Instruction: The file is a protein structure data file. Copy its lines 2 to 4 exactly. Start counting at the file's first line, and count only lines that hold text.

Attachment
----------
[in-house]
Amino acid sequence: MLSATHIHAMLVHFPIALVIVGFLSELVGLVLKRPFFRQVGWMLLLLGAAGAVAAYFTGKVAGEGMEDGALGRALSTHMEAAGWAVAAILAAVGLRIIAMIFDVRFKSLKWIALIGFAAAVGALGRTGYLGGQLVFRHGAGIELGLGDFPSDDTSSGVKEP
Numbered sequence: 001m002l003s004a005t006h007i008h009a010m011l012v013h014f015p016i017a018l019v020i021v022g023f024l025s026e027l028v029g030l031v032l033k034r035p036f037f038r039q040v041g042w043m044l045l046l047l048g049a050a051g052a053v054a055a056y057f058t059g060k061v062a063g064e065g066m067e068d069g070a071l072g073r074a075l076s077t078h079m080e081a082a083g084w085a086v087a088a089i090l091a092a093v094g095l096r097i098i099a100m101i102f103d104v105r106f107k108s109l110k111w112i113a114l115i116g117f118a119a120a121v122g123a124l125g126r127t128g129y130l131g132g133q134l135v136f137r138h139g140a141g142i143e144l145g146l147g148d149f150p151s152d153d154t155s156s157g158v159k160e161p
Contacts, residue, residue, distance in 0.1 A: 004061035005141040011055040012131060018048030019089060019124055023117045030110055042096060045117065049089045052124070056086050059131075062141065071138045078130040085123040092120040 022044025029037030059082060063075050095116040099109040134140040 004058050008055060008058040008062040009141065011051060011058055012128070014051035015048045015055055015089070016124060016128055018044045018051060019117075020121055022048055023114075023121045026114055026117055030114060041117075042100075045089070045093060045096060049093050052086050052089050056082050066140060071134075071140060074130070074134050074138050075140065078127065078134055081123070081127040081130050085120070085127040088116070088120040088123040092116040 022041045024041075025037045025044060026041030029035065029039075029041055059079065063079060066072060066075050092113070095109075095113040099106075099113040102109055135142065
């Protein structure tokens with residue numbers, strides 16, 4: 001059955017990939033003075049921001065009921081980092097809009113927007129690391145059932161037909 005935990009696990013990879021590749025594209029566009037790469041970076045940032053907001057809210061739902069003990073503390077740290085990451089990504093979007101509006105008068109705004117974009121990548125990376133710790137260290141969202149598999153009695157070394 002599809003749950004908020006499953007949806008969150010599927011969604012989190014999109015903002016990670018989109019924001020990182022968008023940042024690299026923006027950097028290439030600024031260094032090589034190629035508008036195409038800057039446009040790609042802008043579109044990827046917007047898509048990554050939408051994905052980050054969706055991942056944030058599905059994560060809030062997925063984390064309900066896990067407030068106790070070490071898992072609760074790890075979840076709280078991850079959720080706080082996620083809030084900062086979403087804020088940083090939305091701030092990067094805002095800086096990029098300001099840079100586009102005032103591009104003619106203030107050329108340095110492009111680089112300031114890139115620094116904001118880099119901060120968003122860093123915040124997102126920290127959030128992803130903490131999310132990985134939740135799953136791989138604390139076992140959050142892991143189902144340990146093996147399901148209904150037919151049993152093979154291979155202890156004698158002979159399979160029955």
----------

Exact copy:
Amino acid sequence: MLSATHIHAMLVHFPIALVIVGFLSELVGLVLKRPFFRQVGWMLLLLGAAGAVAAYFTGKVAGEGMEDGALGRALSTHMEAAGWAVAAILAAVGLRIIAMIFDVRFKSLKWIALIGFAAAVGALGRTGYLGGQLVFRHGAGIELGLGDFPSDDTSSGVKEP
Numbered sequence: 001m002l003s004a005t006h007i008h009a010m011l012v013h014f015p016i017a018l019v020i021v022g023f024l025s026e027l028v029g030l031v032l033k034r035p036f037f038r039q040v041g042w043m044l045l046l047l048g049a050a051g052a053v054a055a056y057f058t059g060k061v062a063g064e065g066m067e068d069g070a071l072g073r074a075l076s077t078h079m080e081a082a083g084w085a086v087a088a089i090l091a092a093v094g095l096r097i098i099a100m101i102f103d104v105r106f107k108s109l110k111w112i113a114l115i116g117f118a119a120a121v122g123a124l125g126r127t128g129y130l131g132g133q134l135v136f137r138h139g140a141g142i143e144l145g146l147g148d149f150p151s152d153d154t155s156s157g158v159k160e161p
Contacts, residue, residue, distance in 0.1 A: 004061035005141040011055040012131060018048030019089060019124055023117045030110055042096060045117065049089045052124070056086050059131075062141065071138045078130040085123040092120040 022044025029037030059082060063075050095116040099109040134140040 004058050008055060008058040008062040009141065011051060011058055012128070014051035015048045015055055015089070016124060016128055018044045018051060019117075020121055022048055023114075023121045026114055026117055030114060041117075042100075045089070045093060045096060049093050052086050052089050056082050066140060071134075071140060074130070074134050074138050075140065078127065078134055081123070081127040081130050085120070085127040088116070088120040088123040092116040 022041045024041075025037045025044060026041030029035065029039075029041055059079065063079060066072060066075050092113070095109075095113040099106075099113040102109055135142065